My heart hurt for him but I know that it was just the first day blues. He hasn’t been away from me very much, I try to only leave when he is napping, and I haven’t done him any favors by never letting him out of my sight but I think that he will adjust. He is only attending school twice a week for now, and only half-day hours, so I am hopeful that he will soon see school as a fun adventure a few times a week and his anxiety will ease over time.
He was quiet on the way home, it was a little sad because I was talking to him about his day as if he could answer and was remembering Connor’s first day of preschool back in 2001. Connor was three years old as well but he was so advanced for his age. He could read sight words at that age and carry on disconcertingly adult-like conversations. I don’t remember what he talked about on his first day home from preschool but I know he would have been chatty. Corrigan, however, sat in the back and repeated a snippet from Finding Nemo. He paid me no attention while I asked him questions and told him how proud I was of him. I might as well have been talking to the guy in the car next to me.
But I am still full of hope. I’ve seen miracles from his school. I know that they are dedicated to bringing learning to all kids, regardless of disability-no matter the severity of their condition. They are dedicated and kind. Corrigan will thrive, it is just going to take a little time.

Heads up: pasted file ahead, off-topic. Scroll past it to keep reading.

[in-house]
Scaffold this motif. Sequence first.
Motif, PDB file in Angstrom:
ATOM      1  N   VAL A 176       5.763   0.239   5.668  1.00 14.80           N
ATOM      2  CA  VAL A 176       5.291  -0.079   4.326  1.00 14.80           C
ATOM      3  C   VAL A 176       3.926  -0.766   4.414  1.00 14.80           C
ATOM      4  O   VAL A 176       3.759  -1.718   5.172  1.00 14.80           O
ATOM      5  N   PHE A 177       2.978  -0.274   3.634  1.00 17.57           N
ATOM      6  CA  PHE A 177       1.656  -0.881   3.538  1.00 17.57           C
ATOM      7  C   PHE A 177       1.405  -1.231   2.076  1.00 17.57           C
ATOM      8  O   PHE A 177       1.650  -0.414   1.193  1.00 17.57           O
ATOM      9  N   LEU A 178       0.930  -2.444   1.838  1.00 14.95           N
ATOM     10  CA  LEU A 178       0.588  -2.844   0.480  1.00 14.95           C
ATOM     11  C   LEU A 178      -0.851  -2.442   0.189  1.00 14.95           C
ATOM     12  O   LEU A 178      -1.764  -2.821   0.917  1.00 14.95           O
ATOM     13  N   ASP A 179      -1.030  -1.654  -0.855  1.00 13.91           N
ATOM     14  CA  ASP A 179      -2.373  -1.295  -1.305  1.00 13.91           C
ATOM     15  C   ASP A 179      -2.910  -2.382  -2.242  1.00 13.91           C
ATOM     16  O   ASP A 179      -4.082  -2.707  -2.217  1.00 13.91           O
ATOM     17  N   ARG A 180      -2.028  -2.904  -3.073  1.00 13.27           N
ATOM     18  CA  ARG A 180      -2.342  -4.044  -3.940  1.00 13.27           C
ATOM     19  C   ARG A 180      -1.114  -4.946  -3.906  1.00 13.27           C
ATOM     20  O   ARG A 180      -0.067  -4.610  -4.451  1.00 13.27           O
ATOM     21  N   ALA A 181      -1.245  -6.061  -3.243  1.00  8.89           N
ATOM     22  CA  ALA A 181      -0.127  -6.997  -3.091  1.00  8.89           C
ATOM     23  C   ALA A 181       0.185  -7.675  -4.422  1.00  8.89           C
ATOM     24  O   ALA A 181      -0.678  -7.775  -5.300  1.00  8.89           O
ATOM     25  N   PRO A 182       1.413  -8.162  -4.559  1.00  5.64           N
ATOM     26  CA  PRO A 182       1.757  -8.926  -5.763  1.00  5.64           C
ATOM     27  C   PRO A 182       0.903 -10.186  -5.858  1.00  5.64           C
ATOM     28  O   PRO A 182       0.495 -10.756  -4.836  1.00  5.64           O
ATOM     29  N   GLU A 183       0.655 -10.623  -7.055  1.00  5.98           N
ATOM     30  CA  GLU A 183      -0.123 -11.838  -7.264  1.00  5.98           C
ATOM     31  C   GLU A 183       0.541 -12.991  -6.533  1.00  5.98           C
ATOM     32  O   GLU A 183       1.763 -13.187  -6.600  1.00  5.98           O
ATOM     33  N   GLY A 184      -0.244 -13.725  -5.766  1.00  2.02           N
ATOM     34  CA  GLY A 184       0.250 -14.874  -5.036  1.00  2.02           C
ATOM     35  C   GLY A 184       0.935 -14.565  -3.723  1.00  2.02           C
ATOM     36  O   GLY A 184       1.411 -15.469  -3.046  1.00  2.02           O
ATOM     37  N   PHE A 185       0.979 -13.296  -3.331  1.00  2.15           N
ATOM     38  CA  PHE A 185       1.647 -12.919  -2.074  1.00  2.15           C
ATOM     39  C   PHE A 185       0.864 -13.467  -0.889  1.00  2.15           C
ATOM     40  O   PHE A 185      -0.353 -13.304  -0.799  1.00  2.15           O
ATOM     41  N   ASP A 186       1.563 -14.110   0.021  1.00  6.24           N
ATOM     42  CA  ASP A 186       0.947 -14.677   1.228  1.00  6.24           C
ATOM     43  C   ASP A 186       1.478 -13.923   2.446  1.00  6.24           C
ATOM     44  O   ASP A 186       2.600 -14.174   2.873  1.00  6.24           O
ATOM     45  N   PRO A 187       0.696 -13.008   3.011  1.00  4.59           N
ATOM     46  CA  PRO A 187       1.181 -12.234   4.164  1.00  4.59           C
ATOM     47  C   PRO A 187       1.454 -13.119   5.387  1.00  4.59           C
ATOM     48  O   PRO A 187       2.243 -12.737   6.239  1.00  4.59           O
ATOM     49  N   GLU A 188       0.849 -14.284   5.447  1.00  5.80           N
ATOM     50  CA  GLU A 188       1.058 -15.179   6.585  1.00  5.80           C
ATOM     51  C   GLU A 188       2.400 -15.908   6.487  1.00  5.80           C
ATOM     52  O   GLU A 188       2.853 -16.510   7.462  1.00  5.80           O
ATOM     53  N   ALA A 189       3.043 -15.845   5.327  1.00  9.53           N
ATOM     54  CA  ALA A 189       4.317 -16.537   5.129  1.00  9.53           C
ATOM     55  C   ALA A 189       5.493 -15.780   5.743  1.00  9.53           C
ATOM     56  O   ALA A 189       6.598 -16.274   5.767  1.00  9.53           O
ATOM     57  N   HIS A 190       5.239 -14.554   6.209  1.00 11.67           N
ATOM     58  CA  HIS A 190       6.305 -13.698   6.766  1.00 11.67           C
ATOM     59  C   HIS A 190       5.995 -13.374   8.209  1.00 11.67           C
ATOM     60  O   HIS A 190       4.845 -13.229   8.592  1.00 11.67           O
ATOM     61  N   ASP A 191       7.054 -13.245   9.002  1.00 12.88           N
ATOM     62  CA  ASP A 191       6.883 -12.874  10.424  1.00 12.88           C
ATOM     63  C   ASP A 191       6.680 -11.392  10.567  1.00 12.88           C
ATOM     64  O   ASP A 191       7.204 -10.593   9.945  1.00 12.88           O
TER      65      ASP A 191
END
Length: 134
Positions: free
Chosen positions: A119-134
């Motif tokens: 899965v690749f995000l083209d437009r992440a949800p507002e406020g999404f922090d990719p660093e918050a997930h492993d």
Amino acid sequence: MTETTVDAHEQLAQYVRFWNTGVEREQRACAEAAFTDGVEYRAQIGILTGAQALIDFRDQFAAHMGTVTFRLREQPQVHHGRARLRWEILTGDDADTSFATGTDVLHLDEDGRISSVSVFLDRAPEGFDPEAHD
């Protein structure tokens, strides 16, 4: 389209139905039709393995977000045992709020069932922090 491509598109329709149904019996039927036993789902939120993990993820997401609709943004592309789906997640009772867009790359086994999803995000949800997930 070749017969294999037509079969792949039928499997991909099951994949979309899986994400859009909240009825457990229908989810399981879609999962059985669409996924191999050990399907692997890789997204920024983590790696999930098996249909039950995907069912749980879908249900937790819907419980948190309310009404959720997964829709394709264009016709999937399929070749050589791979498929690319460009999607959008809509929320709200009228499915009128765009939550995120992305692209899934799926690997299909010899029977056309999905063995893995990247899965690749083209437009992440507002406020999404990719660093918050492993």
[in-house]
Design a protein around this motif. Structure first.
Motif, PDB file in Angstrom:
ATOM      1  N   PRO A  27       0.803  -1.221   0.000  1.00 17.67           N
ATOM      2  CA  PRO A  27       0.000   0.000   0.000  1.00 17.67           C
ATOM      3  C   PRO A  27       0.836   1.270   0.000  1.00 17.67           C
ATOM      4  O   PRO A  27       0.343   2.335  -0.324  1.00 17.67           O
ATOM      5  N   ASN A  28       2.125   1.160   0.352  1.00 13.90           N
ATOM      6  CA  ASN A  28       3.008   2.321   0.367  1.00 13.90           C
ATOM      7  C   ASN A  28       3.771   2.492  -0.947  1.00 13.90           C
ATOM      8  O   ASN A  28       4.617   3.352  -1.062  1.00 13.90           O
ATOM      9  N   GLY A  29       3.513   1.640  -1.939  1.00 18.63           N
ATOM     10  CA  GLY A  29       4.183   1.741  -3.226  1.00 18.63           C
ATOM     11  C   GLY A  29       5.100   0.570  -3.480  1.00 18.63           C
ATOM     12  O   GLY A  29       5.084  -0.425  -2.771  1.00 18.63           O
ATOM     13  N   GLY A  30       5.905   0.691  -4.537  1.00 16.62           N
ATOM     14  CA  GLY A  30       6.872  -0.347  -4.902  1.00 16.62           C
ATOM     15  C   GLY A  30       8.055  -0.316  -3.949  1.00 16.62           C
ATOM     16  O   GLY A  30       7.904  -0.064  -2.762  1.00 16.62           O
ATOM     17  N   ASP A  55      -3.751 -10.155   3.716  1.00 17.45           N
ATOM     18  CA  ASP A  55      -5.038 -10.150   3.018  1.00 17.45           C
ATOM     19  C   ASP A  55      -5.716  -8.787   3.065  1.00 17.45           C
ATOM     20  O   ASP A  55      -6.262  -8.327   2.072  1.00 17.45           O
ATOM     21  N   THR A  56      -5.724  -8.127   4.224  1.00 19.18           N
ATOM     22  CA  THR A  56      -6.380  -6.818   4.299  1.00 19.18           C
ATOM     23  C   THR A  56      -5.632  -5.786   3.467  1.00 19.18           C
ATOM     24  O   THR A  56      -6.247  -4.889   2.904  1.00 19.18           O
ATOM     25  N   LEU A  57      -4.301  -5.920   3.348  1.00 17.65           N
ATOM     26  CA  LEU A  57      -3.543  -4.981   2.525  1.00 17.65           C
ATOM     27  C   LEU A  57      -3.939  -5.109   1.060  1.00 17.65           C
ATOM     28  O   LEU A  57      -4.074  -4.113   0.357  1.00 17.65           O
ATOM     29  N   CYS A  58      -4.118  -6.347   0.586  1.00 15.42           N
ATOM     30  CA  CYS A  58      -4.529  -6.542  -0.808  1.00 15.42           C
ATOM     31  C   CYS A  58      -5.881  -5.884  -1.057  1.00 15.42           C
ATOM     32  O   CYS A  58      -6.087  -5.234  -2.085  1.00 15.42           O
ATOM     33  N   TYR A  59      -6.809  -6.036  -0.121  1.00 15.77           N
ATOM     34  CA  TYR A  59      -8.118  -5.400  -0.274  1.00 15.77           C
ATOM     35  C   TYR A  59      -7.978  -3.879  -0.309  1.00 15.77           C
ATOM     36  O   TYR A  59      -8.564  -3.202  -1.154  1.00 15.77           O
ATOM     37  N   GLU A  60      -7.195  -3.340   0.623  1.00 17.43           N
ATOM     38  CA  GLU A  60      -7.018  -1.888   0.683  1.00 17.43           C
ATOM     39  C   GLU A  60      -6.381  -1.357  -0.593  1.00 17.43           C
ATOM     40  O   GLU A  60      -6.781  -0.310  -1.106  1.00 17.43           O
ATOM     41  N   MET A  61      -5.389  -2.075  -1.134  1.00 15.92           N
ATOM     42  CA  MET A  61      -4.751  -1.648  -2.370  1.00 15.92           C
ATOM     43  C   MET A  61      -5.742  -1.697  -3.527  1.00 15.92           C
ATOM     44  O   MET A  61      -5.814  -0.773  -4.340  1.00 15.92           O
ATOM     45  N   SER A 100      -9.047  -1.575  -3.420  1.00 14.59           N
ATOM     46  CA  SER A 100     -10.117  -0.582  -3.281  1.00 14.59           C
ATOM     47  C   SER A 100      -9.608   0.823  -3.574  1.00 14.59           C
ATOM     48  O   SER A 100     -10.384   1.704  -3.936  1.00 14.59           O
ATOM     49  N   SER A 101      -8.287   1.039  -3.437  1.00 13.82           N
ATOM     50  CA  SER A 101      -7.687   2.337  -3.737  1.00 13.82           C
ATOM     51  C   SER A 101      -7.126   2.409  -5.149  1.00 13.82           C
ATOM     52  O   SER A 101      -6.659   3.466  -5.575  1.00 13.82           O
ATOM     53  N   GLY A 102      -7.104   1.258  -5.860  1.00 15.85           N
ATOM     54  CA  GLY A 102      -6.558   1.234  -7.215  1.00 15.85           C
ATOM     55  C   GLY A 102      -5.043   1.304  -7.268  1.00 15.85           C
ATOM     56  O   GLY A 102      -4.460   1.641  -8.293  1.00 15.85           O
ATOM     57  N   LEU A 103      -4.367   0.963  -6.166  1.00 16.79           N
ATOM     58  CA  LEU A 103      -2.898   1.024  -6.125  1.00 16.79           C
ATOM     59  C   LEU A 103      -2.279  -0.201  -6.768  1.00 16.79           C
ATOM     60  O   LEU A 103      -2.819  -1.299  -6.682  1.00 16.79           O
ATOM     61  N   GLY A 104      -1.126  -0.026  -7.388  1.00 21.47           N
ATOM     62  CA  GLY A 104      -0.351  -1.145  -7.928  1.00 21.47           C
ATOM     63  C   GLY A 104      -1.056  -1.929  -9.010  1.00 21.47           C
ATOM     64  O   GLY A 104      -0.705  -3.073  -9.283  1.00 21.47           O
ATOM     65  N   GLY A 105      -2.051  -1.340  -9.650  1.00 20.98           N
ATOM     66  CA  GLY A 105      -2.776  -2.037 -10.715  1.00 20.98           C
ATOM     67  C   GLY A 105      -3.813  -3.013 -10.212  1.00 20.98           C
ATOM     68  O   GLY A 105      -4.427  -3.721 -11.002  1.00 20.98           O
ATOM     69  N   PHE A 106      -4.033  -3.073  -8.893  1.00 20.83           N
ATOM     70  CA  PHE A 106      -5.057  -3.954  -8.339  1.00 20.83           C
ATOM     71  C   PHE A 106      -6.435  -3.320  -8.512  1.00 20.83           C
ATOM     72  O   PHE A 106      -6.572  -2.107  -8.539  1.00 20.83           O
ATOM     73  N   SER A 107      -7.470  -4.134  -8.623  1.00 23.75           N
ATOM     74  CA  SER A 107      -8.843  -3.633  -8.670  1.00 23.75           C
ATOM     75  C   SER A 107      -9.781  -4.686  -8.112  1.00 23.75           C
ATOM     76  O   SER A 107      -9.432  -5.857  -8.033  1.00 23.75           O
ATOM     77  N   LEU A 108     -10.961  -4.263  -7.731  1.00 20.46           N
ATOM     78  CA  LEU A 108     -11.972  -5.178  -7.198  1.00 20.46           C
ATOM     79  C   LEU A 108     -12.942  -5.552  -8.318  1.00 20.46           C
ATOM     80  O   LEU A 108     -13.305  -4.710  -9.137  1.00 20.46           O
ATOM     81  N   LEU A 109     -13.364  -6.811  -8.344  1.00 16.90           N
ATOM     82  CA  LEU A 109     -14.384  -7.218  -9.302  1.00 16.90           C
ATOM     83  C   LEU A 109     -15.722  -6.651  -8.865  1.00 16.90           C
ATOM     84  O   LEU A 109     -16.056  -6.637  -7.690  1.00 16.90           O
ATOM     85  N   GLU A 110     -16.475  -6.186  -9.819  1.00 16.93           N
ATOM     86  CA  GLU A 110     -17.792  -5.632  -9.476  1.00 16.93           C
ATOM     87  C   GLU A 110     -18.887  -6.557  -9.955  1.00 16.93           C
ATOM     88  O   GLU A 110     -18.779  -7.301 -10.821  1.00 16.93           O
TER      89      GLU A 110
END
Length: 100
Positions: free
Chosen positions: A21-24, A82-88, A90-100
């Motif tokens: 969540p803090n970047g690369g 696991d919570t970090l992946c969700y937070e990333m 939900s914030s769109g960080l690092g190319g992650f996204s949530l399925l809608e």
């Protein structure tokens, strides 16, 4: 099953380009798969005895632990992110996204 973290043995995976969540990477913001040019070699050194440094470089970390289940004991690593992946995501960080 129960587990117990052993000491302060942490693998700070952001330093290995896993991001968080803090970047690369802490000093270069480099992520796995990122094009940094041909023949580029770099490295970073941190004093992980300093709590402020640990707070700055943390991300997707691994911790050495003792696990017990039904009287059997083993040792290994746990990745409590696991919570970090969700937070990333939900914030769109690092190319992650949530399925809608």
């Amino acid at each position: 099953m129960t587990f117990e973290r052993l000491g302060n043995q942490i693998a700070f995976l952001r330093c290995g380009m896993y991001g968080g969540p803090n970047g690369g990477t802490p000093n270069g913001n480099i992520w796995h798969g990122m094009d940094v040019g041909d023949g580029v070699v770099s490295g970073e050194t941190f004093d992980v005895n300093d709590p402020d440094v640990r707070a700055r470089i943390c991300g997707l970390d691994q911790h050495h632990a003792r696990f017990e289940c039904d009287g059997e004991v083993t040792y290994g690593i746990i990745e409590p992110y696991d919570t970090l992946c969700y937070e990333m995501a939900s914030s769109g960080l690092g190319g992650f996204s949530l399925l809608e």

We stopped at McDonald’s to get “big boy” french fries and he gave Daddy a big smile when we got back home. He told me that he wanted to go “Night Night” within minutes of walking in the front door and laid his head on my shoulder as I carried him upstairs. I just checked in on him and he is snoring softly, completely melted into his bed with his blanket tangled around his fingers. He is safe again. All is well.
Here are a few videos that Mark shot this morning. The first is of Corrigan getting on the bus. I can hardly enjoy the video after I watched it and hear the coughing at the end from a fellow passenger. It sounds like the poor kid has the plague. Please Lord, keep the germs away from my boy. Please, please, please?
The last is as the bus pulled away. Ignore the crying mother at the end.
Parenting is hard, y’all.